Effects / Symptoms
Neurofibromatosis causes a deficiency targeting the nervous system as part of a genetic disorder. The two most common types are abbreviated into NF1 and NF2. NF1 is characterized by café au lait spots, or patches of tan and light brown skin. Another characteristic would be neurofibromas, which are soft, fleshy growths that grow on the skin, and in some cases, under it. The disorder also enters the skeletal level and enlarges and distorts bones as well as adds curvature to the spine. Occasionally tumors develop on the brain or spinal cord. Half of the people with NF1 also inhibit learning disabilities. The less common disorder, NF2, characterizes itself by multiple tumors on cranial and spinal nerves. Hearing loss will nearly inevitably occur in the early teens for people with NF2.
Most commonly Neurofibromatosis is passed on by family members through genes. However, 30 to 50% of newly diagnosed people have no family history of the condition, which can be attributed to a spontaneous mutation in the gene. Once this mutation has occurred, future generation will be at risk of getting the disorder.
The causes of Nf1 are a mutation on the 17 chromosome at q11.2. The mutation mainly affects the development of nerve cells and tissues. The changes in nerve tissues cause tumors or other abnormalities. The tumors can be harmless, in some situations. Nf1 is dominant and autosomal; meaning it will affect males and females equally. Nf2 is a slightly different. Nf2 is characterized by a mutation on the 22q12.2 chromosome. Nf2 is also autosomal dominant. The mutations has significant physical causes consisting of meningiomas and other symptoms consisting of a lot of big words that not even spell check understands. The main idea of the symptoms is that they’ll grow deformities, usually internally, on the spinal cord and other nerve tissues. These deformities can result in loss of hearing, blindness, etc.
There is no cure for each Nf1 and Nf2, so tough luck if you have it, but there is some good news. Type one of neurofibromatosis is less potent than type two because type two forms tumors on spinal tissue, brain tissue, and other nerve tissue that cause problems to motor skills, with this knowledge it can be concluded that surgery is the best course of treatment for type two. Surgery focuses on removing these tumors, increasing the effectiveness of the effected nerves. However false hope is not being circulated through this class brochure and it should be known that surgery will not serve as a cure, only an attempt to reduce the symptoms of the disease.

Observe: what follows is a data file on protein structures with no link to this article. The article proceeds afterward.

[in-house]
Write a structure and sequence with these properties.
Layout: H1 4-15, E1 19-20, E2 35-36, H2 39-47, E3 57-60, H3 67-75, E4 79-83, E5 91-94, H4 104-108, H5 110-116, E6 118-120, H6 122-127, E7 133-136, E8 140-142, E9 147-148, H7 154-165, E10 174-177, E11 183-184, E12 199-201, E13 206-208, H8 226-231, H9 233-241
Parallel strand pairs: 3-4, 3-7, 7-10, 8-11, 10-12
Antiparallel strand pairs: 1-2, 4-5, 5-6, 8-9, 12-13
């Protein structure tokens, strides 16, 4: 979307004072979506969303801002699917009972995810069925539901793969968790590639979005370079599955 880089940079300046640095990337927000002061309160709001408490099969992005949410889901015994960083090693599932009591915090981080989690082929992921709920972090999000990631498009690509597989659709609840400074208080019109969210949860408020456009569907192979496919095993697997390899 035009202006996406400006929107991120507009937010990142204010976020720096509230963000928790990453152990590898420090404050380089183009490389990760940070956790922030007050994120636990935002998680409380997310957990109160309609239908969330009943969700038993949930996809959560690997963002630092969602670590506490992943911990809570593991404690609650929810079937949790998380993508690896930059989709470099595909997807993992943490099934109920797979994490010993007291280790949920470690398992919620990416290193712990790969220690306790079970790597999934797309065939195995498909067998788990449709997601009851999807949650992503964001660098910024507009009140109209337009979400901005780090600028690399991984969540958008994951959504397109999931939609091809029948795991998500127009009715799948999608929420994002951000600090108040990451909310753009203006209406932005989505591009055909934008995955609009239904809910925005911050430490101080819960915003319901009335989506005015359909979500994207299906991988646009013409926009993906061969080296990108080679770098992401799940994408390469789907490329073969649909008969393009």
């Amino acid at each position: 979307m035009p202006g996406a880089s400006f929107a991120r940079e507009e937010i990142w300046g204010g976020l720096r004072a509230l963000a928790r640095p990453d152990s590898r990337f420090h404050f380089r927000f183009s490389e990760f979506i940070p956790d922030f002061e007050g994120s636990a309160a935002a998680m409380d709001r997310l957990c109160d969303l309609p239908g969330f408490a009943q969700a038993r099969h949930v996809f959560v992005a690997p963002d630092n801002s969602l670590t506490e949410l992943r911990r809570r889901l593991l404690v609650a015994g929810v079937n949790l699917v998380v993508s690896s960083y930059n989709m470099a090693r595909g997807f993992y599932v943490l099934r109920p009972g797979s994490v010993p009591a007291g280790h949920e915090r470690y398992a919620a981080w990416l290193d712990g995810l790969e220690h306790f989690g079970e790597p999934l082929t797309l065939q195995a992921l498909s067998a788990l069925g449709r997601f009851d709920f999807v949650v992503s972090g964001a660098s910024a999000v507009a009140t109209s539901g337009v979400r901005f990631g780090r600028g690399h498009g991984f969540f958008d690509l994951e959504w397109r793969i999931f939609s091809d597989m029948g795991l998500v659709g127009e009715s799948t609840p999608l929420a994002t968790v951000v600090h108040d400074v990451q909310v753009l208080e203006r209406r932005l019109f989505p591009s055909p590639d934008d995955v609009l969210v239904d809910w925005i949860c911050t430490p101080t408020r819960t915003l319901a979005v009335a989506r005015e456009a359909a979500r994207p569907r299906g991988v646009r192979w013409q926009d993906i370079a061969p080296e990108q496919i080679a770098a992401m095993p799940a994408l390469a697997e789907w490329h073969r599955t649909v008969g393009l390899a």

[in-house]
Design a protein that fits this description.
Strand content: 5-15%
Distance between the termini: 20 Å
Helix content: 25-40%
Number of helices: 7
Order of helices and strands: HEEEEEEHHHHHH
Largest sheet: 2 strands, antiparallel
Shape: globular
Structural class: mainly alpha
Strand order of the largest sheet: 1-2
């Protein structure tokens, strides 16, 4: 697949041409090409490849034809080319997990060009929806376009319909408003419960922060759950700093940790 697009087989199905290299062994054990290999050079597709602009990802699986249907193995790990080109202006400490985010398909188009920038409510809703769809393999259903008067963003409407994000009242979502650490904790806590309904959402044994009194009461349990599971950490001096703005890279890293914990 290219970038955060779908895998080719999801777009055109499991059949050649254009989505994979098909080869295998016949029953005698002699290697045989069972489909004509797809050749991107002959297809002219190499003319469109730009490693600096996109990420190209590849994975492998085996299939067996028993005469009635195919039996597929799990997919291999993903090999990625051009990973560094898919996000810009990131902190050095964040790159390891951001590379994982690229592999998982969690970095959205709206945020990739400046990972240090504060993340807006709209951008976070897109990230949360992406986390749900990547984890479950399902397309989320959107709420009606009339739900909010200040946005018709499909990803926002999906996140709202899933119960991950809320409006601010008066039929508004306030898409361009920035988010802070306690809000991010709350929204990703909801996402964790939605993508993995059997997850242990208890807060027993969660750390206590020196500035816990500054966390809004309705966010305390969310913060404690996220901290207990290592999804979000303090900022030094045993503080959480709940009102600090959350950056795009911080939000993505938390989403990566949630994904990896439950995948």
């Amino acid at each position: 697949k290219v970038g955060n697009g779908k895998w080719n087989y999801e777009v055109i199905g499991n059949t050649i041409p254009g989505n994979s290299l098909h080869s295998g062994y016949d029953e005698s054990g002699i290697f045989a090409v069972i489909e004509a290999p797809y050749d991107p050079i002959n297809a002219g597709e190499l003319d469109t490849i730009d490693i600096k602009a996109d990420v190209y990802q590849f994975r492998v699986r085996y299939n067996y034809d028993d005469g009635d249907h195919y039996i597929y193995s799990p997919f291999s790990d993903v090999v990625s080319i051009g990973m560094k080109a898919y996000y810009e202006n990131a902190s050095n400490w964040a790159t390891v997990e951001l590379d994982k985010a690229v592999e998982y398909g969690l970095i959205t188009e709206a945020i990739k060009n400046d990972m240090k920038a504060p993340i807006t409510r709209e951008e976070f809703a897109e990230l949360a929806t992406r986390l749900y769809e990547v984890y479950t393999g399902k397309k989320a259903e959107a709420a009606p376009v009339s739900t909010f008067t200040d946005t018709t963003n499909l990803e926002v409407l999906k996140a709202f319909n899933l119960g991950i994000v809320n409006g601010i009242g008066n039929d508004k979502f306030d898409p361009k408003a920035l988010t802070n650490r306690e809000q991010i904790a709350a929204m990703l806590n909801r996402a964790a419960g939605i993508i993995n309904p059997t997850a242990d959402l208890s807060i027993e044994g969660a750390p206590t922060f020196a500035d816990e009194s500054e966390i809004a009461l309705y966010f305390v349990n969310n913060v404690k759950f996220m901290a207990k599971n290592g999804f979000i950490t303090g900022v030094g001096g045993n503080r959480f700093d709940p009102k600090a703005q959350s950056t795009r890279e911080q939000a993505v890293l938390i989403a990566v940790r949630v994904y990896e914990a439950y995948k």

For type one surgery can be used for treatment, however because the tumors don’t affect nerve tissue the surgery won’t be as an effective treatment. It should be noted that new laser techniques have been promising, however nothing has completely removed the café au lait spots, so if your aiming to get rid of those than your luck hasn’t come through for you, because no technique has permanently removed them. Chemotherapy has been used for this disease, but is widely controversial. However it simply comes down to a personal decision.
Work Cited – Websites
“OMIM Entry – # 162200 – NEUROFIBROMATOSIS, TYPE I; NF1.” OMIM Entry – # 162200 – NEUROFIBROMATOSIS, TYPE I; NF1. John Hopkins University, n.d. Web. 18 Feb. 2013.
Evans, D. Gareth. “Summary.” Neurofibromatosis 2. U.S. National Library of Medicine, 14 Oct. 1998. Web. 18 Feb. 2013.
“NINDS Neurofibromatosis Information Page.” Neurofibromatosis Information Page: National Institute of Neurological Disorders and Stroke (NINDS). N.p., n.d. Web. 18 Feb. 2013.
Work Cited – Book
Rubenstein, Allan E., Richard P. Bunge, and David E. Housman. Neurofibromatosis. New York, NY: New York Academy of Sciences, 1986. Print.
DiSimone, Ronald E., and Arnold T. Berman. Neurofibromatosis. Philadelphia: Lippincott, 1989. Print.
Subject: Nervous system,
University/College: University of Arkansas System
Type of paper: Thesis/Dissertation Chapter
Date: 10 January 2017
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